Blue Belt Level 4
Date: Sunday 30th October 2022
Time: 0900 – 1300 hrs
Location: St Lukes Academy, Cricklade Road, Swindon, Wilts, SN27AS
All Krav Maga gradings are very intense. level 1 is the first grade within the grading system of 6 grades, each grade from level 1 to level 5 can take up to 4 hours, level 6 can take up to 14 hours over a 2 day period, its also more intense than the previous 5 grades. All Dan grades after 1st Dan is awarded on time severed of 3 years, however all practitioners and instructors must attend training sessions on a regular basis and seminars plus attend lower grading levels. Each grade consists of a warm up, physical fitness, self defence techniques (Krav Maga) suited to the grading you are taking at that time, Questions and Answers also certificate presentation. For many people certainly most who have never been in the armed forces, it is the hardest physical training you have ever done. It’s a tough process. It’s not for everyone gradings are strictly optional and invite only by your instructor but if you do decide it’s for you, read on and start preparing yourself
You must be training Krav Maga for at least 6 months or longer, also you should attend at least 1 session per week 3 months prior to the grading day. your health, level of fitness, Krav Maga skills and knowledge must be at a reasonable standard. Because you meet the requirements to grade and you have paid for the grading days it does not mean you will be successful and pass. It’s invitation only from the Krav Maga Instructor
Why do it?
It’s optional. If you don’t grade, then fine, it’s your call, we teach you the same things. The grading process is designed to push you through your limits. It’s designed to break you down and take you so far past your comfort zone that you dig in deep and find your inner self. It’s the voice in your head that tells you to quit.
Imagine this. You are involved in a traffic incident. You stop to assess the damage of your car. And suddenly you are on the floor and blinded by a strike to the back of the head. There’s pain, there’s something wrong. An untrained person folds into a ball. Covers up on the floor and takes a beating. While trying to protect yourself. You’re a Krav Maga practitioner. You’ve drilled this. You get up your vision returns. A hammer swings at your head. You use the 360 defence as taught. It breaks your arm. Your Inner Opponent shouts at you to quit, to roll up on the floor. give in to the pain. You counter react and defend yourself. You overwhelm the opponent and drop him. The next attacker comes. You carry on defending yourself. You make a run for it. You call the police and ambulance. This was a real situation.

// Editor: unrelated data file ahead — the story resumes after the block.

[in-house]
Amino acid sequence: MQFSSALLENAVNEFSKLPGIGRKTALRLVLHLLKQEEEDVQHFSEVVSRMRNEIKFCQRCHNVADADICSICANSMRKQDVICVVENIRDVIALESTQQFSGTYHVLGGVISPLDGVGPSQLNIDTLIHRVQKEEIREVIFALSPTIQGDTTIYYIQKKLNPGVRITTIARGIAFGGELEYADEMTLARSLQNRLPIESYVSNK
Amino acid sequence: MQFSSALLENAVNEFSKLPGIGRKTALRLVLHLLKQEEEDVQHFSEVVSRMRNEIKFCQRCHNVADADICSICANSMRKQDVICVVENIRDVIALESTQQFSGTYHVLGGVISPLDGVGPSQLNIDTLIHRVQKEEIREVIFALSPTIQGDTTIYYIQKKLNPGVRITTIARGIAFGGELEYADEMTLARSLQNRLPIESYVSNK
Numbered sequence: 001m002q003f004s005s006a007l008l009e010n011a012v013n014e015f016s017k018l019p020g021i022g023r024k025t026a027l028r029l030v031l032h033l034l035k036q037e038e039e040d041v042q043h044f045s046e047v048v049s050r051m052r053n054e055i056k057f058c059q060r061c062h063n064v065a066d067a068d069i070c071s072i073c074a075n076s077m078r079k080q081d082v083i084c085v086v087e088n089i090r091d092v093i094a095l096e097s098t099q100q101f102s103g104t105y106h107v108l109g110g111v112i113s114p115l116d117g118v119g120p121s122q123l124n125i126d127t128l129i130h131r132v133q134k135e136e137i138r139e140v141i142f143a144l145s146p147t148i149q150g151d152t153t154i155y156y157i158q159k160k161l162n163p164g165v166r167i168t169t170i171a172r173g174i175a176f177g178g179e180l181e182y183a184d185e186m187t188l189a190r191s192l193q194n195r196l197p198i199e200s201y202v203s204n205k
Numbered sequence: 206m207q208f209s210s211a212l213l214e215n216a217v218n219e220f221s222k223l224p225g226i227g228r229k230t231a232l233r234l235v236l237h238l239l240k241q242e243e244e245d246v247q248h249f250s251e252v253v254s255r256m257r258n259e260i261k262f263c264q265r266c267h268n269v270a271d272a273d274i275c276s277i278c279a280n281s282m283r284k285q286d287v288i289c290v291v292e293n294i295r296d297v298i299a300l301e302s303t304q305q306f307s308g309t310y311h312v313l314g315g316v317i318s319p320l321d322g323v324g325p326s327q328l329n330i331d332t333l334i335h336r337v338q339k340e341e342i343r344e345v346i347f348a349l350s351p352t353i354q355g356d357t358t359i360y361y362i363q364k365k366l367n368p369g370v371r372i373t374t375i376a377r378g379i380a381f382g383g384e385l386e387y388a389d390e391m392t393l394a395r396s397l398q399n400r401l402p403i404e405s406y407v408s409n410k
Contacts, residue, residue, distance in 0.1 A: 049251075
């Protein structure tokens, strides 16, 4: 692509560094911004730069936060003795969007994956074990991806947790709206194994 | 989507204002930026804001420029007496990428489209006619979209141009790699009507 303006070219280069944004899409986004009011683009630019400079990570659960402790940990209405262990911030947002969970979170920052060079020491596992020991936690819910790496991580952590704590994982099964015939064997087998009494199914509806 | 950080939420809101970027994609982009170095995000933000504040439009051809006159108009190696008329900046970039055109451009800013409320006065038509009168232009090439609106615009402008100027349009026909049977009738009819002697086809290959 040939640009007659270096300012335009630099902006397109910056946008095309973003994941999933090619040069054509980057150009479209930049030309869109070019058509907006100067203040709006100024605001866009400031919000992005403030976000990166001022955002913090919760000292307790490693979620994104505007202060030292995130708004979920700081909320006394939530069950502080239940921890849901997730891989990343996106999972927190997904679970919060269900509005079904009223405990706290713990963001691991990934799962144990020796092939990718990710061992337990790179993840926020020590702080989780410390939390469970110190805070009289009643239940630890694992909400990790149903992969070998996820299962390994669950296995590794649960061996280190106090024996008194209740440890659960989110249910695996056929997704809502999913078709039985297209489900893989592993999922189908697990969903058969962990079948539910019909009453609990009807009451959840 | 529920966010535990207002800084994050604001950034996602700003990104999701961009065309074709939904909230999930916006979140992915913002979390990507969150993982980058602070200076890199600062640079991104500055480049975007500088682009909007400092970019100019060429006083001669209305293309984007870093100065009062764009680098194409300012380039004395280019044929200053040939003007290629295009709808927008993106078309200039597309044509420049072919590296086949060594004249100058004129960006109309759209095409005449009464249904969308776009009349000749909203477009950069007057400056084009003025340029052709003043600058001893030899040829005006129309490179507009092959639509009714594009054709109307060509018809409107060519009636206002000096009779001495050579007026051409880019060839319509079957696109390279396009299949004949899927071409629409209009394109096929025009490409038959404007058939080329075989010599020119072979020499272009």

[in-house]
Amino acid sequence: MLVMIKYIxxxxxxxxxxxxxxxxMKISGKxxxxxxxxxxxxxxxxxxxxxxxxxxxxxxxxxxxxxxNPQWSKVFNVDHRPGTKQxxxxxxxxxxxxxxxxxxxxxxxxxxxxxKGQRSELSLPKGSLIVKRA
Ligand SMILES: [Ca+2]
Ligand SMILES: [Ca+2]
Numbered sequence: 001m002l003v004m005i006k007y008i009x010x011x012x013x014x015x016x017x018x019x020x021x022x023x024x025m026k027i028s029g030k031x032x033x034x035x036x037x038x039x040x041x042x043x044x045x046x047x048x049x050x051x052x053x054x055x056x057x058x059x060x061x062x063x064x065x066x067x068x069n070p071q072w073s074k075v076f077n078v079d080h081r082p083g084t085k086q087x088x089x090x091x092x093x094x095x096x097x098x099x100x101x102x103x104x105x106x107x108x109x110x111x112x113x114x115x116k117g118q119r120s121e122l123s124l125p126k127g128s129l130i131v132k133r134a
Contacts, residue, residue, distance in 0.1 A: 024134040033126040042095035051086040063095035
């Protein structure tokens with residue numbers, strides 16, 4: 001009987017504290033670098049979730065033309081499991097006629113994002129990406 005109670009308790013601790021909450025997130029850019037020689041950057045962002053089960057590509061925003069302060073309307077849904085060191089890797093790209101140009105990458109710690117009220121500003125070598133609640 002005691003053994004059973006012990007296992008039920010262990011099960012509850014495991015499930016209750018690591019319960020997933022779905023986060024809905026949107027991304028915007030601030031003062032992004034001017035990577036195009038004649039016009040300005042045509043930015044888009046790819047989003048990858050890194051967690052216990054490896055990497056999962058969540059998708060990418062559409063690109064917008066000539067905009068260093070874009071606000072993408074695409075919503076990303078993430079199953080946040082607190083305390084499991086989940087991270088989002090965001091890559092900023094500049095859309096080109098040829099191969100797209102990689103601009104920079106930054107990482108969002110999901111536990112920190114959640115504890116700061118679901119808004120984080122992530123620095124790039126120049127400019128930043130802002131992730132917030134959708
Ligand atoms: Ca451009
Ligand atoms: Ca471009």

This happened to a Krav Maga Student in the UK. This is why we train hard enough to meet the Inner Opponent. So that, in extremis circumstances like this, we do what’s necessary. Go come home.
Train Hard, Fight Easy, Go Home
Gradings are about being pushed to the limit. They’re about doing battle with the Inner Opponent. They’re about pushing the body so hard the cognitive processes begin to shut down, simulating adrenal stress, and then performing your Krav Maga under pressure. Bottom line: if you can do it here, you’ll do it in real life.
Take it from someone who knows: You come out of a grading 10 feet tall. You’re ready. You have an absolute surety inside you that if something happens, you will be ready. You will fight. You can’t ever know that you’ll win, but you can know that you’ll fight. And so often, if you know this, your opponent knows this and you won’t have to fight. And if you do fight, you’ll do it without hesitation. Without doubt, and in spite of fear.
Grading Preparation Exercise
The perfect preparation will include steady state endurance aspects and high intensity interval training. Steady state means running, cycling, swimming for extended periods of at least 45 minutes, working in a sustainable fashion (aerobically). HIIT means training for short durations around 20 seconds as fast and as hard as you can. This means sprints, preferably uphill, rapid burpees or other callisthenic exercises, or combative exercises such as pad or bag work. Steady state should be around twice to three times a week. Interval training should occur twice daily, using something like Tabatta’s, which is a 4 minute workout (15 minutes with a warmup)
You should work steadily and cease all training a week before the grading. This week is your relaxation week. You should stretch daily, keep mobile but stay off hard exercise and keep focused.
Gradings demand that you give everything you have and you get out what you put in.
Good luck. Good advice take note
Train hard. Know your syllabus. And go in there as a team. if you go in as a lone individual, only concerned with your own result, you’ll close in as things get tough. You’ll introvert. You’ll focus in and all you’ll have is the Inner Opponent trying to kick your ass. Focus out. Give encouragement to your team mates. Take encouragement from them. We see it over and over – it’s the ones who work as a team who get through the tough spots. Finally, have faith in your training, in your instructor and in yourself. You’re worth the grade, or your instructor wouldn’t have let you in the room. You can do it. Go out there and get the job done!
Anything easy in life is not worth having